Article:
“We were fortunate to have great candidates who clearly understood the opportunities and challenges,” said Carl Lejuez, interim provost & executive vice chancellor. “Ron has an exceptional track record of success in his endeavors and programs, both at KU and at High Point. I appreciate his insight into the changing environments for pharmacy practice and pharmaceutical research, and I believe he will be an outstanding leader of the School of Pharmacy.”
Ragan will succeed Kenneth Audus, who in November 2018 announced his decision to step away from the leadership role after 15 years. The School of Pharmacy offers the only pharmacy program in Kansas and has a presence on three KU campuses: Lawrence, Kansas City and Wichita. The school received more than $15 million in research funding in fiscal year 2018 and ranks seventh in the nation by the American Association of Colleges of Pharmacy. Approximately 150 students are accepted annually into the Pharm.D. professional degree program after completing two years of pre-pharmacy coursework. The program is fully accredited by the Accreditation Council for Pharmacy Education, and students in the class of 2018 achieved a first-time pass rate of 100% on the North American Pharmacists Licensure Exam.
“KU is recognized nationally and internationally for its clinical and graduate programs in pharmacy,” Ragan said. “This recognition is directly related to the exceptional faculty, staff and students we attract. I am proud to be a graduate of both the clinical program and the graduate program at KU and am honored to be returning to my alma mater as the eighth dean in the 134-year history of the school. There are great opportunities ahead, and this is the ideal time to return to Kansas and build on the success the school has enjoyed over the years.”
Ragan has been at High Point University, in High Point, North Carolina, since 2012. As founding dean of the Fred Wilson School of Pharmacy, Ragan has overseen development of a program that now enrolls 189 students. He also helped design the $120 million facility that opened in 2017. Prior to joining High Point, where he is also a professor, Ragan held several positions at KU. From 2004 to 2012, he was associate dean for academic affairs, managing a variety of curricular affairs for the school. During this time he also served on leadership teams that led construction of the Pharmacy Building and established the satellite teaching facility in Wichita. Between 1998 and 2011, Ragan directed KU’s nontraditional Pharm.D. program, a 44-credit-hour program that bridged professionals through the degree upgrade process. He initially joined the KU faculty as an adjunct instructor of pharmacy practice for the 1997-1998 academic year.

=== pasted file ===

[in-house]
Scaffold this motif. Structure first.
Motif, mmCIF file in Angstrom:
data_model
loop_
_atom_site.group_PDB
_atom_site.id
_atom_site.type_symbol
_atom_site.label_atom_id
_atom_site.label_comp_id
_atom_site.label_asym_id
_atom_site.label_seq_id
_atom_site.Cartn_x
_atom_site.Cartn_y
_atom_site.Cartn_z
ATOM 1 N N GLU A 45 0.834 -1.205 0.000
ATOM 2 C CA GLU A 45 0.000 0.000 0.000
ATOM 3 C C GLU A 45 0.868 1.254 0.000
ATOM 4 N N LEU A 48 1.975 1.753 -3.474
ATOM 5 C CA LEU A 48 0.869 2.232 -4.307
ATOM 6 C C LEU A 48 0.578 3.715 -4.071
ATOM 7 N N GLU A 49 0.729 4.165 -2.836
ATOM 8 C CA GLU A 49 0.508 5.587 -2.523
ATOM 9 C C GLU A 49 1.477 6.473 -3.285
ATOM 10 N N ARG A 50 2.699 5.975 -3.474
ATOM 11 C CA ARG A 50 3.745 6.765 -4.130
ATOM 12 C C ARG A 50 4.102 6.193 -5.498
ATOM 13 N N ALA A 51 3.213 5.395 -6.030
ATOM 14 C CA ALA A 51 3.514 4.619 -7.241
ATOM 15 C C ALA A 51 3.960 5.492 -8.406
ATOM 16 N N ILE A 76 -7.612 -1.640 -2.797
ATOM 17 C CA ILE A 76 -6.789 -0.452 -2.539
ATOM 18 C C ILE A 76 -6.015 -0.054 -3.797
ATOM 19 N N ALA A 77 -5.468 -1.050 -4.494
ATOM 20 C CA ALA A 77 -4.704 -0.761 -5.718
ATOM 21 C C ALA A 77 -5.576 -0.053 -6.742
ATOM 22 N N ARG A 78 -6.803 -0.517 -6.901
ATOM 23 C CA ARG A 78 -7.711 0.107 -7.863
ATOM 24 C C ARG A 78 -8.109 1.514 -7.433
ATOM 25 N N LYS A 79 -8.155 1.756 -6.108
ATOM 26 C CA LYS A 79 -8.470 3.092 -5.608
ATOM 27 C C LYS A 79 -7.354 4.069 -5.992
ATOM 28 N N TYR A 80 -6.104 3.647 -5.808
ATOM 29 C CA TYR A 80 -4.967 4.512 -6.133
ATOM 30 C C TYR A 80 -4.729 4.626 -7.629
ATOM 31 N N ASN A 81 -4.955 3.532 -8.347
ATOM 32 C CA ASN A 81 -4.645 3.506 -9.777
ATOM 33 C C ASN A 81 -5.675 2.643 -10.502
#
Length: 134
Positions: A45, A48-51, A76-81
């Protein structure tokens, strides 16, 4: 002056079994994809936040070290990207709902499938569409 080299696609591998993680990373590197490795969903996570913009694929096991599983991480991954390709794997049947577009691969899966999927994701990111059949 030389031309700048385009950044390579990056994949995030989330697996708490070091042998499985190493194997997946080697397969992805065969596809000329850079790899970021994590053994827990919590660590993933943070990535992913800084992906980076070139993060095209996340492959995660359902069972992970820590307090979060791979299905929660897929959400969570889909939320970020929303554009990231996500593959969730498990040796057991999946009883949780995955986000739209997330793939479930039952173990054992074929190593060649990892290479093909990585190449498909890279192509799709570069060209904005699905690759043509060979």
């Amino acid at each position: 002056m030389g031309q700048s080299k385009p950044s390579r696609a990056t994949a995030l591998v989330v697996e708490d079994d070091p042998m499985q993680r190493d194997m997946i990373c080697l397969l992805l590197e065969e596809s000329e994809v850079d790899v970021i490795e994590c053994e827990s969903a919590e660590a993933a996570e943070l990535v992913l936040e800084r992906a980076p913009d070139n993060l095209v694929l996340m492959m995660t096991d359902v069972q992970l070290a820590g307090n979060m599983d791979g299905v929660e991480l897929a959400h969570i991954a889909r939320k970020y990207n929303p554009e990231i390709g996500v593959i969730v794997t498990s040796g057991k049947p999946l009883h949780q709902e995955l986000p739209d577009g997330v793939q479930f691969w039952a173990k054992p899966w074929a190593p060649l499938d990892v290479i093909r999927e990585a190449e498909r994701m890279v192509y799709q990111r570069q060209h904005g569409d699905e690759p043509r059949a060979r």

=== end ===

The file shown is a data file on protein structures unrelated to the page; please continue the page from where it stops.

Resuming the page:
From 2000 to 2013 Ragan was president of Midwest Pharmaceutical Consulting Inc. His professional experience also includes direct patient care positions at independent and medical center pharmacies. While at KU as a student he worked at the Student Health Pharmacy in Watkins Health Center. His graduate student tenure also included positions as a graduate teaching assistant and as a researcher in pharmacology and toxicology. Ragan has published in various journals on topics related to neuronal cell death, drug therapy and pharmacy education research.
He is a member of the North Carolina Association of Pharmacists and served on its board of directors from 2013 to 2017. He is also a member of the American Pharmacists Association, the American Association of Colleges of Pharmacy, the Society of Neuroscience, the American Association for the Advancement of Science and more. His service commitments include work on several committees and organizations at the school, university, community and regional levels. He received a KU Center for Teaching Excellence award in 2009, and he also received the 2003 PRISM Award from the Greater Kansas City Public Relations Society of America. In 1989, he was selected as the Kansas Pharmacist Association Distinguished Young Pharmacist of the Year.
Ragan has a doctor of philosophy and a master’s degree in pharmacology and toxicology from KU. He also earned a bachelor’s degree in pharmacy from KU, and he has an associate’s degree from Butler County Community College. He is a licensed pharmacist in Kansas and North Carolina.